From cocoa to chocolate

The great botanist Carl von Linné (Linnaeus) was by no means the first to recognise the unique merits of the plant to which he gave the botanical name of "Theobroma Cacao L."."Theobroma" means "food of the gods". Cocoa was already recognised as such by the Toltecs, Mayas and Aztecs, from whom we got the name "cacauatl". Around 600 AD the Mayas were already cultivating cocoa in Central America. They used the cocoa beans to prepare a very nourishing drink, which they called "Xocolatl", from which we probably get the modern word "chocolate".

Xocolatl Aztecs preparing "Xocolatl": cocoa beans were roasted, ground and mixed with water and spices to form a foamy liquid (Olfert Dapper, "Die unbekannte Neue Welt").

The Spanish Conquistadors of the 16th century were also interested in chocolate. In 1528, Cortez took the first cocoa to Spain, along with the equipment needed to prepare the exotic drink, and it soon met with great approval in the Spanish court. In 1615, the infanta Anna of Austria, who grew up in Madrid, introduced drinking chocolate to the French court when she married King Louis XIII. In Paris it became a badge of status and the fashionable drink of the aristocracy, and from there it spread throughout the whole of Europe. Whereas in the 19th century, the importance of drinking chocolate declined, solid chocolate, which had its origins in France in the years following 1830, grew in importance.

Chocolate arrives in Switzerland …

In 1819, François-Louis Cailler opened one of the first mechanised chocolate production facilities in Corsier near Vevey, establishing the oldest brand of Swiss chocolate still in existence today. Thus chocolate had finally arrived in the country where it was soon to find its greatest patrons and pioneers. Philippe Suchard set up a chocolate factory in Serrières in 1826. He was followed by Jacques Foulquier (predecessor of Jean-Samuel Favarger) 1826 in Geneva, Charles-Amédée Kohler 1830 in Lausanne, Rudolf Sprüngli 1845 in Zurich, Aquilino Maestrani 1852 in Lucerne, later moving to St. Gallen, Johann Georg Munz 1874 in Flawil, and Jean Tobler 1899 in Berne.

Chocolat pioneers

Daniel Peter founded a chocolate factory in Vevey in 1867. After many attempts, he succeeded in combining chocolate with milk, an obvious but difficult move, thus inventing milk chocolate in 1875. Rodolphe Lindt opened a chocolate factory in Berne in 1879. He developed "conching", a process which created the world’s first "melting chocolate". Many other Swiss entrepreneurs set up companies over the next few years, their activities helping to shape the reputation of Swiss chocolate, which soon became known throughout the world.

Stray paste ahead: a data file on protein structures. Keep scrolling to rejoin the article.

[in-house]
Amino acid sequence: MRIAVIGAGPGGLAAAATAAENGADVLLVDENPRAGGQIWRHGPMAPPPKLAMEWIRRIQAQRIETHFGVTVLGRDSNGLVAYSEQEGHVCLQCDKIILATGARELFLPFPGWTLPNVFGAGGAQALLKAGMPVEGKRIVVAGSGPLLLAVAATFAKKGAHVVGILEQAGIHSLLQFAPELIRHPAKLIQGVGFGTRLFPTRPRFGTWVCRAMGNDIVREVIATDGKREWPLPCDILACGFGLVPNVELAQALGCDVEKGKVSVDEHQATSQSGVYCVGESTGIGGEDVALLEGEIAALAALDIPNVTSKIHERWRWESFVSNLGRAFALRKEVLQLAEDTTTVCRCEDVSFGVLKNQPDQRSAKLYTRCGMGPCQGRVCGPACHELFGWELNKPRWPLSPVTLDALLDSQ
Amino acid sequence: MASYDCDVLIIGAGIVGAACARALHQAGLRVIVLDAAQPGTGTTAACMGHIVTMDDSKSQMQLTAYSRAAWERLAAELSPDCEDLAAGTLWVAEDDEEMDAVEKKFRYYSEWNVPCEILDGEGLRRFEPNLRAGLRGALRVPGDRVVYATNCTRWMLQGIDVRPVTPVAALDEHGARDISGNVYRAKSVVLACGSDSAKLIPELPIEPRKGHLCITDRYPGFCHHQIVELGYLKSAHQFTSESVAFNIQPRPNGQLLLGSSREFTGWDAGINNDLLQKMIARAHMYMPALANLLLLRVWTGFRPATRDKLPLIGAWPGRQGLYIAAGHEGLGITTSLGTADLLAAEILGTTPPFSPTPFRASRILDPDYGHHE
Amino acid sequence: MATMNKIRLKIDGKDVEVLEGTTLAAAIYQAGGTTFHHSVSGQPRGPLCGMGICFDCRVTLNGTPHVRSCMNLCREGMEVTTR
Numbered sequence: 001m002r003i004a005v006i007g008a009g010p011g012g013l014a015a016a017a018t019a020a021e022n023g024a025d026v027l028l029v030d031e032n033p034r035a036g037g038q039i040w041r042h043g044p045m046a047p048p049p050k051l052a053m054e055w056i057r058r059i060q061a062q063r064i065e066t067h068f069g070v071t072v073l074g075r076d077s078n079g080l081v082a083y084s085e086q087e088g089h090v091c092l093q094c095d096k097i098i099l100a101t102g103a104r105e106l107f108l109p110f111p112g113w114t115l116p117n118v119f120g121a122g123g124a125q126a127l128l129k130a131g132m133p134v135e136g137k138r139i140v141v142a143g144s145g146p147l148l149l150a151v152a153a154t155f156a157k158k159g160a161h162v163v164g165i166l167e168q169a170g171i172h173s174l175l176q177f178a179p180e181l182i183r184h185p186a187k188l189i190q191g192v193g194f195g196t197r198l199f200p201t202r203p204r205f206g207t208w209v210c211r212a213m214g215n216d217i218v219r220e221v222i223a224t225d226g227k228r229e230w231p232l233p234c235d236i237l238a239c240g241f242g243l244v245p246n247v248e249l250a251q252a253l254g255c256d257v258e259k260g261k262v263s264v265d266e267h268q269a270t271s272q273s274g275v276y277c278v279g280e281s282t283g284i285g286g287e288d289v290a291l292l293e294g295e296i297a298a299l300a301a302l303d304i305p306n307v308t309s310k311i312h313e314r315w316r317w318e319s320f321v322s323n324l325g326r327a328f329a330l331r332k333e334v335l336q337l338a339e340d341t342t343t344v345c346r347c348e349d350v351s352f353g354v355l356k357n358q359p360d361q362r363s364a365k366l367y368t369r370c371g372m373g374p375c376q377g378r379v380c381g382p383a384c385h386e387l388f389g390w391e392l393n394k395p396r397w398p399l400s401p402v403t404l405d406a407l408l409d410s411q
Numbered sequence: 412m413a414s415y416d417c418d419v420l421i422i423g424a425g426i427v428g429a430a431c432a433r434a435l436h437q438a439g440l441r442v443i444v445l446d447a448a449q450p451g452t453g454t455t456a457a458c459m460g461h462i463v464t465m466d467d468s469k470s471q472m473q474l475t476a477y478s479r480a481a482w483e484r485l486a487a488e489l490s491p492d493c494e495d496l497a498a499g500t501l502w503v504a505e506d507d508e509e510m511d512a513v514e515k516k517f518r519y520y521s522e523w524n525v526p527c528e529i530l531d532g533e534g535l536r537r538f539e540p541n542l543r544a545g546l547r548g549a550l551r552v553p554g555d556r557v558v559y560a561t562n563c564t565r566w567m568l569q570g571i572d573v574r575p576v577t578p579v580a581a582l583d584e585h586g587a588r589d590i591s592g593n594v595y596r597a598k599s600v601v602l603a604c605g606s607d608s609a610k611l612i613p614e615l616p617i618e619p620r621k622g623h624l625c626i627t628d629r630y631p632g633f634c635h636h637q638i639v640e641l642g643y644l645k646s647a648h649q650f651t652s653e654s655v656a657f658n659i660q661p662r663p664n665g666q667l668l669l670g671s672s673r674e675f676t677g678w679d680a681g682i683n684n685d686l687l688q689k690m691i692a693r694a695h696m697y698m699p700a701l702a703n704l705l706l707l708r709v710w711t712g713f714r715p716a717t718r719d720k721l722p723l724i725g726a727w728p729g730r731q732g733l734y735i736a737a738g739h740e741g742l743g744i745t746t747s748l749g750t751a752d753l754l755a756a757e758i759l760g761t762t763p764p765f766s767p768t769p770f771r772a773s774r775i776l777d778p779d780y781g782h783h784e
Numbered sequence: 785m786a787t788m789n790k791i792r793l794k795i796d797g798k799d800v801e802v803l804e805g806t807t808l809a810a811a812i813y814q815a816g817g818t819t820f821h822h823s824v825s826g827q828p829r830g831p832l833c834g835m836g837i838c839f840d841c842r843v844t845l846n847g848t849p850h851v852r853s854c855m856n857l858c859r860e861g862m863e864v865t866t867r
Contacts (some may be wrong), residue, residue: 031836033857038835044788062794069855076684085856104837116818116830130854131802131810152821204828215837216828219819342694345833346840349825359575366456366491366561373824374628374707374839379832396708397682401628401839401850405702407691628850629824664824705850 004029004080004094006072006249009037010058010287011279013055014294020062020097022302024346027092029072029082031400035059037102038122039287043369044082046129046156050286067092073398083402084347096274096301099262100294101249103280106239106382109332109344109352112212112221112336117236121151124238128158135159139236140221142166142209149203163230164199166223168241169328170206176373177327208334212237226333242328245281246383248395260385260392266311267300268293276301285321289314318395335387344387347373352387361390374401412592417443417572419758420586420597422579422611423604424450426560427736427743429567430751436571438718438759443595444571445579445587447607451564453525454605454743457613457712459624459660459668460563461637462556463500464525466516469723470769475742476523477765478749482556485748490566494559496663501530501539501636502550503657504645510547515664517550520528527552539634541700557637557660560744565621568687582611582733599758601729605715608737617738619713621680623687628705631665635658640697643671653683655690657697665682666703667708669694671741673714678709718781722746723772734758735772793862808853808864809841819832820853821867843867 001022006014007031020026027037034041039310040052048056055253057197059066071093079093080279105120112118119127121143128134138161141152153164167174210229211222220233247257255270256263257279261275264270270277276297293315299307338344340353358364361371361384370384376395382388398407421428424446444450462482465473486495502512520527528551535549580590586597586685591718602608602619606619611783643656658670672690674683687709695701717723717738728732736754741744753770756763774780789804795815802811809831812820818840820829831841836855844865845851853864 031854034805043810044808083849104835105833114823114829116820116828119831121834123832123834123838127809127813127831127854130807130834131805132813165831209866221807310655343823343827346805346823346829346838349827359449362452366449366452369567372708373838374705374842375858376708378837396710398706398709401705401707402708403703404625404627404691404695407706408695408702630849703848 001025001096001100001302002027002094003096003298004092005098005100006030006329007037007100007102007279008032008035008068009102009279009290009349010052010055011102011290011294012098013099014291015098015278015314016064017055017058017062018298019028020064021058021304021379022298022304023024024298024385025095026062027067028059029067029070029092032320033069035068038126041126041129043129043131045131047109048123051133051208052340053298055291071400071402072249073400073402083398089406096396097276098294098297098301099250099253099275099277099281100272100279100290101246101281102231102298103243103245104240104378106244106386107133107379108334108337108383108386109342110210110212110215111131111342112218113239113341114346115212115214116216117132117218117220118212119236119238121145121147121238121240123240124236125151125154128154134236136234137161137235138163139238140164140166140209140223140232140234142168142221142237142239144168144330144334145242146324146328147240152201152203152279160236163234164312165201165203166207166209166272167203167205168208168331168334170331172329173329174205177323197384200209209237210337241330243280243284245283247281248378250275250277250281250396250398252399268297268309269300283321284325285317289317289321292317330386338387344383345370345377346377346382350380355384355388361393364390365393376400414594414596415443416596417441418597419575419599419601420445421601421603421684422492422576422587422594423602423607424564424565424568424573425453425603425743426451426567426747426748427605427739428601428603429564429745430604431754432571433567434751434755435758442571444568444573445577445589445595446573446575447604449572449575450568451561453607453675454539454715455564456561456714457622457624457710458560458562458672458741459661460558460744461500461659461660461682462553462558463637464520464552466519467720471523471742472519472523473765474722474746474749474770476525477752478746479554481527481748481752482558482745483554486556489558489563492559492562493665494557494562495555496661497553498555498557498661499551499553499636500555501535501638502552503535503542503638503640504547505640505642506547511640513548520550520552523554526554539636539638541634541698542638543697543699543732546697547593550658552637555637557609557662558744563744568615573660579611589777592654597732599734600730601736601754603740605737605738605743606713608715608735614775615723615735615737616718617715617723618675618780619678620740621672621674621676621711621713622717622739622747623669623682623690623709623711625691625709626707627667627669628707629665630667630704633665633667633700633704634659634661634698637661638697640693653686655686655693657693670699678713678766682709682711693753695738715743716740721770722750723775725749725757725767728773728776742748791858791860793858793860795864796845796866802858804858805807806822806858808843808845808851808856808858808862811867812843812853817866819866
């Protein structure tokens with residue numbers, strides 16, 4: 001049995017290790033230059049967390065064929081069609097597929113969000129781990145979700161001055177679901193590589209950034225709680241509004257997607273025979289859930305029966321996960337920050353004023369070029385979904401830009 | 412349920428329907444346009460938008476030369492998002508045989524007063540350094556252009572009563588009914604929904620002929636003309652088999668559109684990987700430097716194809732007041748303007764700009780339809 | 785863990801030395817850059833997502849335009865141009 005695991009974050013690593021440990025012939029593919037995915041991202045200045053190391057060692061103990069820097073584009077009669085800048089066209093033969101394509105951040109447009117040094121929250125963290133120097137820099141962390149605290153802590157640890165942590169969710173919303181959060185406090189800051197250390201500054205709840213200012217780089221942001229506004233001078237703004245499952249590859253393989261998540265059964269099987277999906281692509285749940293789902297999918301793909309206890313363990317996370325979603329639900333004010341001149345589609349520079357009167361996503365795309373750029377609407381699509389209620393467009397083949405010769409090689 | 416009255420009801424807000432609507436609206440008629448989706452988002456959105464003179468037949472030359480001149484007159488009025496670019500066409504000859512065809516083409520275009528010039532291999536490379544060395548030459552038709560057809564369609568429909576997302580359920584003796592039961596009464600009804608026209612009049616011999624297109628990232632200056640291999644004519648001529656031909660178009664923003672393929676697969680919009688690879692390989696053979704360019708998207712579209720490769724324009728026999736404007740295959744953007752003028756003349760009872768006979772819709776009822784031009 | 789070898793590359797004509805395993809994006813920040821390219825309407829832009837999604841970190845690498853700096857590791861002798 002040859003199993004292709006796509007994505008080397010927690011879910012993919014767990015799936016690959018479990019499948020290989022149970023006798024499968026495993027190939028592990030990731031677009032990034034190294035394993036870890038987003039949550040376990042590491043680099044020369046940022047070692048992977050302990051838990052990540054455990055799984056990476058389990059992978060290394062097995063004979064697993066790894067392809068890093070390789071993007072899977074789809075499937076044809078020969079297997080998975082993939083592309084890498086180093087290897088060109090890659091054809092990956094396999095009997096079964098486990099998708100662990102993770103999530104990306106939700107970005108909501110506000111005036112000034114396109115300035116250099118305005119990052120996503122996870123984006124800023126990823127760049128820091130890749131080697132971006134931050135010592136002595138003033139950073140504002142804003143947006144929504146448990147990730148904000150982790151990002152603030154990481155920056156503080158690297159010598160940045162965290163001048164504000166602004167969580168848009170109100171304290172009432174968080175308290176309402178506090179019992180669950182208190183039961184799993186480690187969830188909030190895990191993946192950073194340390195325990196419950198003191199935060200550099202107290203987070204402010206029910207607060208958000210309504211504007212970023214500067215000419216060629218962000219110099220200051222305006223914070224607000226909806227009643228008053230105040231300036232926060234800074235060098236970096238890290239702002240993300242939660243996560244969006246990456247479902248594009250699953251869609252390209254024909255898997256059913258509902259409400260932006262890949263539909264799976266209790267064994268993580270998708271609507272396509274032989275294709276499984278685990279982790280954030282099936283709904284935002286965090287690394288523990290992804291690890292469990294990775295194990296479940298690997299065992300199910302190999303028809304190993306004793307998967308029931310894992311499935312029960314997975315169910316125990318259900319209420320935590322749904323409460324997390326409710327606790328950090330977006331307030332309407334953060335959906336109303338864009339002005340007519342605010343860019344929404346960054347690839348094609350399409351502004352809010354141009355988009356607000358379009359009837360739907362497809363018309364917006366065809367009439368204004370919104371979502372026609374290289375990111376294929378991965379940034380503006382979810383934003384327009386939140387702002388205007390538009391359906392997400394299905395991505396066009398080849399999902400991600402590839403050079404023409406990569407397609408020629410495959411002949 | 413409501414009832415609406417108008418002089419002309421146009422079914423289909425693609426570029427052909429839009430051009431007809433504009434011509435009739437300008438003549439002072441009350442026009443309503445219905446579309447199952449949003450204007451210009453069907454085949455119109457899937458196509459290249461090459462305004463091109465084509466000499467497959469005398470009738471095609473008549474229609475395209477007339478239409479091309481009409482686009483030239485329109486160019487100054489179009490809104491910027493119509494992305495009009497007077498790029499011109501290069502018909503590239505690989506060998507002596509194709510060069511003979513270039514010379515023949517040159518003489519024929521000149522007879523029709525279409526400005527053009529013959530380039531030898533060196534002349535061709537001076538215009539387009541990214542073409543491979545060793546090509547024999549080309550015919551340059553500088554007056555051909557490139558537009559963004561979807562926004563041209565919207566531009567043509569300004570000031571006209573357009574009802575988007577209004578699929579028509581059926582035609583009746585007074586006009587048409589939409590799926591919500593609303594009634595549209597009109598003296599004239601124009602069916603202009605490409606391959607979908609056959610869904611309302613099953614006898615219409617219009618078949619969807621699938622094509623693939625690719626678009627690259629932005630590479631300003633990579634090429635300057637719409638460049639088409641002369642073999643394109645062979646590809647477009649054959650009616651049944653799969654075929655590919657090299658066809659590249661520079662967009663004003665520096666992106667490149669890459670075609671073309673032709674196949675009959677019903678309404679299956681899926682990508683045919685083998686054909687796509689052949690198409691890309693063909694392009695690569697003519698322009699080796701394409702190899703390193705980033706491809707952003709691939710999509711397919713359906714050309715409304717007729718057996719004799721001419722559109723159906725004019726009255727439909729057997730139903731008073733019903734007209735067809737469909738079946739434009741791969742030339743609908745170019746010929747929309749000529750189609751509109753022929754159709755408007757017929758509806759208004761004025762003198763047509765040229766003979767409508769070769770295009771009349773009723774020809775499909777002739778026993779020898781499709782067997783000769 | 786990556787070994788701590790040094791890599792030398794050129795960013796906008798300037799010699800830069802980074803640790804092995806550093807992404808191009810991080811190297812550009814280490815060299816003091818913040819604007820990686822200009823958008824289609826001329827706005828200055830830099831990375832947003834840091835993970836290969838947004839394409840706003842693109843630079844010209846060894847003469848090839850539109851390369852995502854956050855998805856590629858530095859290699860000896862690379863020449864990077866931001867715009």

Swiss chocolate flourishes

The years between 1890 and 1920 saw a real blossoming of the Swiss chocolate industry, coinciding with the golden age of Swiss tourism. Members of the top echelons of society throughout the world who spent their holidays in Switzerland came to know and appreciate Swiss chocolate, and took its reputation home with them. The initiative of Swiss chocolate producers conquered the world chocolate market between 1900 and 1918. Up to three quarters of Swiss chocolate was exported. Thus "little Switzerland" became a world power in chocolate. Of course, "Swiss chocolate" owed its global reputation not just to the quantities exported, but above all to its quality, which made it stand out above the great amount of chocolate produced in other countries.

Suchard Serrières The early manufactories soon grew into real factories. The largest at the end of the 19th century was that of Philippe Suchard in Serrières.

Through crises to a new golden age

The late 1920s saw the beginning of hard times for the Swiss chocolate industry. Increased protectionism, and the economic crises of the 20s and 30s, led to the loss of export markets. The Second World War brought strict import restrictions on sugar and cocoa, with rationing being introduced in 1943.

Fliessbandarbeit Where in the past women stood at long tables, and later conveyor belts, carefully placing chocolates in boxes, today robots do the same job in a fraction of time. Attentive staff check and correct the work of the robots.

Since 1950, the Swiss chocolate industry has enjoyed constant growth. Automation and new chocolate production technologies have made great strides forward. Advances in economic integration, and the dismantling of customs controls throughout the world, have promoted the international exchange of goods. Manufacturers recognised the signs of the times and extended their market position in many parts of the world.

Production Picture The oldest way of shaping chocolate: the fragrant liquid chocolate is measured out into flat moulds, the shape of which represents the finished product in reverse.

The development of new products and product forms in keeping with modern consumer habits, the maintaining of quality, the consistent pursuit of modernisation in factories, and the promotion of professional training for employees, are the methods being employed by the Swiss chocolate industry to assert its global market position into the 21st century.

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